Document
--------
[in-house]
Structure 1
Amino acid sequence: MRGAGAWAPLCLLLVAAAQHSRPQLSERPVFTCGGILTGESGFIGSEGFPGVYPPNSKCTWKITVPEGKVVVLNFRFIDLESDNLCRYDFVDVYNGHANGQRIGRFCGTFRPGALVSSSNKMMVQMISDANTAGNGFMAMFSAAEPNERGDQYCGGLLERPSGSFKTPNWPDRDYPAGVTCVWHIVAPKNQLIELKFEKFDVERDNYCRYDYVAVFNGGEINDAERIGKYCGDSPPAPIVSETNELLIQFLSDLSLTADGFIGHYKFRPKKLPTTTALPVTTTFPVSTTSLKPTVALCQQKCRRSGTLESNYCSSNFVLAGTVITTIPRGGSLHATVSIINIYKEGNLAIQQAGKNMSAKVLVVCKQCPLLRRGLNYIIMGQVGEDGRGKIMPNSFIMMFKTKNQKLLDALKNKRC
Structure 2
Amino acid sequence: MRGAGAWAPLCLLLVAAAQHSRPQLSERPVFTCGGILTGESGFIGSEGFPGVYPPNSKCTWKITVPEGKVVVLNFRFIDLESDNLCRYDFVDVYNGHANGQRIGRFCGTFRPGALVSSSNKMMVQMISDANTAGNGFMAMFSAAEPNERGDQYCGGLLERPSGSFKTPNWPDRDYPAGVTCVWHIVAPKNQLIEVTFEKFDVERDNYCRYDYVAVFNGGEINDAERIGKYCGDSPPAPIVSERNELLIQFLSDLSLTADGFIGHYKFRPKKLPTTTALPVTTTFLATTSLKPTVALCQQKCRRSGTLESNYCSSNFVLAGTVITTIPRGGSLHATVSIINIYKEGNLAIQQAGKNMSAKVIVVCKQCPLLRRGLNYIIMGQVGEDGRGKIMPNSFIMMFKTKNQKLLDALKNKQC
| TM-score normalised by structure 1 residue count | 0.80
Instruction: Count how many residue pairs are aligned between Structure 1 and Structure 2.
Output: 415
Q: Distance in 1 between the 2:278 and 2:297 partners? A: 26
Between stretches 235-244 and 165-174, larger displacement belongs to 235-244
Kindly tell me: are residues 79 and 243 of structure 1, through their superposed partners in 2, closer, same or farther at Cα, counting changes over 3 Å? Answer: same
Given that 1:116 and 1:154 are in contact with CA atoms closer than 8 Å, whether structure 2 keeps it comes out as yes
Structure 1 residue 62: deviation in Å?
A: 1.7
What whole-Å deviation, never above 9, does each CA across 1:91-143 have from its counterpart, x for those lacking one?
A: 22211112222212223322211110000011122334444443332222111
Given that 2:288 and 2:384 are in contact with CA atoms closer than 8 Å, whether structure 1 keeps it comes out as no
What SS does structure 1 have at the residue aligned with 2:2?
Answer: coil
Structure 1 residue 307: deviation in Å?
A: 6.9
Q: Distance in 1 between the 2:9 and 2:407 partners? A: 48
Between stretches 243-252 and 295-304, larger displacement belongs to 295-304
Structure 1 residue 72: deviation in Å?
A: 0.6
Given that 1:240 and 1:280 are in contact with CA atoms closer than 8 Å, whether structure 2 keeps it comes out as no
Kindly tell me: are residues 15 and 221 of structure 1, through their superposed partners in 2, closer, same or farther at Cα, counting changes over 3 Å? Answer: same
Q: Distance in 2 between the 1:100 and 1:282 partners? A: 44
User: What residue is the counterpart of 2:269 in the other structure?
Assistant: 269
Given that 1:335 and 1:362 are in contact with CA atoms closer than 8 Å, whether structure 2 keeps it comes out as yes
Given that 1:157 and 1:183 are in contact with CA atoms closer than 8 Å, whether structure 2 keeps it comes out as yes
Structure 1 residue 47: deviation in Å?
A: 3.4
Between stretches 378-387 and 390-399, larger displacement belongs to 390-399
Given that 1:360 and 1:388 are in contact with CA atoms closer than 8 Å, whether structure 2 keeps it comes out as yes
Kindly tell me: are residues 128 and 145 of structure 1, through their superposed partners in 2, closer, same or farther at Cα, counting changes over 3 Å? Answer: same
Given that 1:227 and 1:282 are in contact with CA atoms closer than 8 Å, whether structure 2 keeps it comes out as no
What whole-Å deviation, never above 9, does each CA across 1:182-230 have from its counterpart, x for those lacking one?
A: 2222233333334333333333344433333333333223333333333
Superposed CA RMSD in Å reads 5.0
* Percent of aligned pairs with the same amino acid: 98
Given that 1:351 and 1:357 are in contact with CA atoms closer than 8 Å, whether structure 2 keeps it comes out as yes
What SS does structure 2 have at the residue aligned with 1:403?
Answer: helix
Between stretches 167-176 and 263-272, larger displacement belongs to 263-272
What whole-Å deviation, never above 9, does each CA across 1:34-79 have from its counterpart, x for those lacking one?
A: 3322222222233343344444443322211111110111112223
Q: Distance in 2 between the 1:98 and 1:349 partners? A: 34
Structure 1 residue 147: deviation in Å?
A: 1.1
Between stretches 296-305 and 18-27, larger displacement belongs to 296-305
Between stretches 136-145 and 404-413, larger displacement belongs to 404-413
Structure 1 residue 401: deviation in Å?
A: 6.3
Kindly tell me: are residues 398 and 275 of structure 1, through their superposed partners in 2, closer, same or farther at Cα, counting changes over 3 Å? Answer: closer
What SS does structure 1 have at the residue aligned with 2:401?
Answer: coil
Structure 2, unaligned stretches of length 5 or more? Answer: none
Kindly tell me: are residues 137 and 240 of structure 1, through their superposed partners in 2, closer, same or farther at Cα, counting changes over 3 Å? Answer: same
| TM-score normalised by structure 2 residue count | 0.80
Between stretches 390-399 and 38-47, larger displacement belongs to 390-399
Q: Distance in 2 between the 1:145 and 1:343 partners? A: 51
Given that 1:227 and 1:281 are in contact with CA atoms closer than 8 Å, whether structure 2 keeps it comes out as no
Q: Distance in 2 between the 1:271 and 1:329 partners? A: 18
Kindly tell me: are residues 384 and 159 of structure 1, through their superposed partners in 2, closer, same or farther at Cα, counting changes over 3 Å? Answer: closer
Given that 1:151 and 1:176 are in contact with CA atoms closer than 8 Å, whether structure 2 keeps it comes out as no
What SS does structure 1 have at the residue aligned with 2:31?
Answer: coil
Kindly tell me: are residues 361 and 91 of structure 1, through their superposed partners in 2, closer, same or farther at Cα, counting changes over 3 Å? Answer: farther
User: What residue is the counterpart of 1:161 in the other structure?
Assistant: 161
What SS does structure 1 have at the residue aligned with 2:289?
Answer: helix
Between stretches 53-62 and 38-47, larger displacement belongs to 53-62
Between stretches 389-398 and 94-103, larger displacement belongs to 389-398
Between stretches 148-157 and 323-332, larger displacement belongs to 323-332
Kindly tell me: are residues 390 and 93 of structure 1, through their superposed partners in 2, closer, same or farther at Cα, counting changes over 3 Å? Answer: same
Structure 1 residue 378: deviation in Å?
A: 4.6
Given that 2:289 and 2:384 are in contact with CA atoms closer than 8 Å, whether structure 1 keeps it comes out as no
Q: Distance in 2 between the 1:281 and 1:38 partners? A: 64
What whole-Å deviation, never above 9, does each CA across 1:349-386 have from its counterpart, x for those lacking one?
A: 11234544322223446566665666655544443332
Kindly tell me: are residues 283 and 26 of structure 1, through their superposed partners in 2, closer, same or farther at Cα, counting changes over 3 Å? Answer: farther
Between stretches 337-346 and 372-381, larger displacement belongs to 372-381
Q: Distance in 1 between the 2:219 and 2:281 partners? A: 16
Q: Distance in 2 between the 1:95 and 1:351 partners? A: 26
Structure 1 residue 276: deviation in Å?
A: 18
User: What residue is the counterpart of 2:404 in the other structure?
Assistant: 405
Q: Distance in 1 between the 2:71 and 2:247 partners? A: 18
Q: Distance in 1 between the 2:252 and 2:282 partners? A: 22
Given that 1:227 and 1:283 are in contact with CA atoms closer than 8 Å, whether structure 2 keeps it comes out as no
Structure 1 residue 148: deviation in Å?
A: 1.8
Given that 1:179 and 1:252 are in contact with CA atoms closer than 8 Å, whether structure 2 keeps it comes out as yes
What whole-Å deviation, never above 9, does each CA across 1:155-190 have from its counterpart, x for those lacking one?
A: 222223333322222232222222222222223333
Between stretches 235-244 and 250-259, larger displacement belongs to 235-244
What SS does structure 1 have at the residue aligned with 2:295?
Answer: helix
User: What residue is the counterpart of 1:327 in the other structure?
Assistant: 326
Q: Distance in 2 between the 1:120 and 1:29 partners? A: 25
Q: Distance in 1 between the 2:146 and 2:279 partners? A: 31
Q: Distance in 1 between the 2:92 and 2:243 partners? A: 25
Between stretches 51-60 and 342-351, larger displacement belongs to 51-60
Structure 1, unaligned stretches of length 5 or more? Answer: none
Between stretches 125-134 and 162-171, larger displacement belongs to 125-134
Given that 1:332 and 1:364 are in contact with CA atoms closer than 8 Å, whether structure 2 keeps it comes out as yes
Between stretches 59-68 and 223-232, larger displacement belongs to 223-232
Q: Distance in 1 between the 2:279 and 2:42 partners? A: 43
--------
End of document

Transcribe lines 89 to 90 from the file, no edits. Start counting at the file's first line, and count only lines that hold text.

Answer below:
Structure 1 residue 276: deviation in Å?
A: 18